Don’t expect to see free-to-play games appear on the 3DS anytime soon though as Iwata again down-played their importance. To him, a platform like that would undermine the premium value of Nintendo’s content. To everyone else, it starts to look like backward thinking from a company with massive potential to once again dominate the handheld space. I don’t go for free-to-play games myself but do understand their relevance in todays market and think that if Nintendo cherry picked the best ones for the 3DS and Wii U, it would do more good than not having them at all.

No 3D classics other than 3D Classics

Nintendo’s favourite game designer, Shigeru Miyamoto, has been speaking with The Guardian about the future of the company and its games. One question arose regarding the adaptation of older Nintendo games to the 3DS since Ocarina of Time and Starfox 64 are receiving a three-dimensional lick of paint. His response was a little puzzling as it was a straight ‘no’: “Not really,” he said. “We would like to create more new titles. For example, this year we are making Super Mario 3D, but it’s not really a remake of [the Wii’s Super Mario] Galaxy. The Legend of Zelda: Link to the Past could be one of them. I think it would be good to see that world with a layered 3D effect.”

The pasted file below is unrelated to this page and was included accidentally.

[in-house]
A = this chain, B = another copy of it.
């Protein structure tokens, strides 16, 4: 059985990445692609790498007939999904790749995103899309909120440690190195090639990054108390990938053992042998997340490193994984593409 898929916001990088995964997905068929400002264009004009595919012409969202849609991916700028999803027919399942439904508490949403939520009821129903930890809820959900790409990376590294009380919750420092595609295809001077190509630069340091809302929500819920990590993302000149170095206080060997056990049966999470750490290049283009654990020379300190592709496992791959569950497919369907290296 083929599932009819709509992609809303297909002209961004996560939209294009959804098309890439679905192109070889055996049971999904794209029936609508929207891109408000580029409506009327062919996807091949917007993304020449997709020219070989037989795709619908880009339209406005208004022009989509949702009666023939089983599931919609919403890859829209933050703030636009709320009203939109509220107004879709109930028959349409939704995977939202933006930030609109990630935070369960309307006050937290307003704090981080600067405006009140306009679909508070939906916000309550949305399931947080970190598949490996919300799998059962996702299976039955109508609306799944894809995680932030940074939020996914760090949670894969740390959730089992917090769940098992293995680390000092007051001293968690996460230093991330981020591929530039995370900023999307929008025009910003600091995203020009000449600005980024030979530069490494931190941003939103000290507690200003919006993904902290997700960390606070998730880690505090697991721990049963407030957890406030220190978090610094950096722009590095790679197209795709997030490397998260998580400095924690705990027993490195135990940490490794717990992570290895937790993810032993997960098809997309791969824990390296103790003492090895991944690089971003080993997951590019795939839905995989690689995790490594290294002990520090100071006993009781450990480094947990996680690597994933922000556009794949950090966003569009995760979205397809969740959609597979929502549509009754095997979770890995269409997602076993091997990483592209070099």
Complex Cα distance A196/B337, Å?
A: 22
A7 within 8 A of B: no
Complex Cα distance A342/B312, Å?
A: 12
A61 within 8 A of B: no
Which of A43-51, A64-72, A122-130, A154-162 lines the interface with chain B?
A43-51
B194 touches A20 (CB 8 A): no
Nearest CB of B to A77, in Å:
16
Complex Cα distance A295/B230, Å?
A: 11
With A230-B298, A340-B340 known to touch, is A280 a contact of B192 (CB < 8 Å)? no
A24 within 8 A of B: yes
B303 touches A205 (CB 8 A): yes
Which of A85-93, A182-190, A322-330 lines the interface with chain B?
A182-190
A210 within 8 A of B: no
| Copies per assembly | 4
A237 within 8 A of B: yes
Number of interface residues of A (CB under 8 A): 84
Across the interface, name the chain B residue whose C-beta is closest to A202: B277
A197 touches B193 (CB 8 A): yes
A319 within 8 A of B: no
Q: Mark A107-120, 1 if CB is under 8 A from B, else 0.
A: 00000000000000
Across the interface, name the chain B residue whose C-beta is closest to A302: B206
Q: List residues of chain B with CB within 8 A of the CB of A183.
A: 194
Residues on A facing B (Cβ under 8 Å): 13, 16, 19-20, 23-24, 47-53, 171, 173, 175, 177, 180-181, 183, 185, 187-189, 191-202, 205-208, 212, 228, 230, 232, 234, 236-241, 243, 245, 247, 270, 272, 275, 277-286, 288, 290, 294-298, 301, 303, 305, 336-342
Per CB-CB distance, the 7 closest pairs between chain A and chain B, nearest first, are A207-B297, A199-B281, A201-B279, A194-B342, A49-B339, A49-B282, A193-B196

It’s great to see a company who are becoming famed for re-releasing experiences prefer to create something new rather than games we’ve all played before. I’m not knocking them it has to be said, I’ll jump on the next Mario Kart and Zelda game whenever they come out but Nintendo are very good at re-packaging older titles with new additions for a new market. What puzzles me slightly is how come the end of May when the eShop launches for the 3DS, a free, 3D updated version of ExciteBike will be included sparking the beginning of the 3D Classics Virtual Console? Maybe what Miyamoto is suggesting that Nintendo aren’t going to be completely remaking older games with the same level of polish as Ocarina of Time. That has had almost every asset re-made for the 3DS whereas ExciteBike and presumably the other 3D Classics are only having a layered 3D effect added. I say ‘only’ but am stoked at the chance to play a much-loved game of my youth in 3D.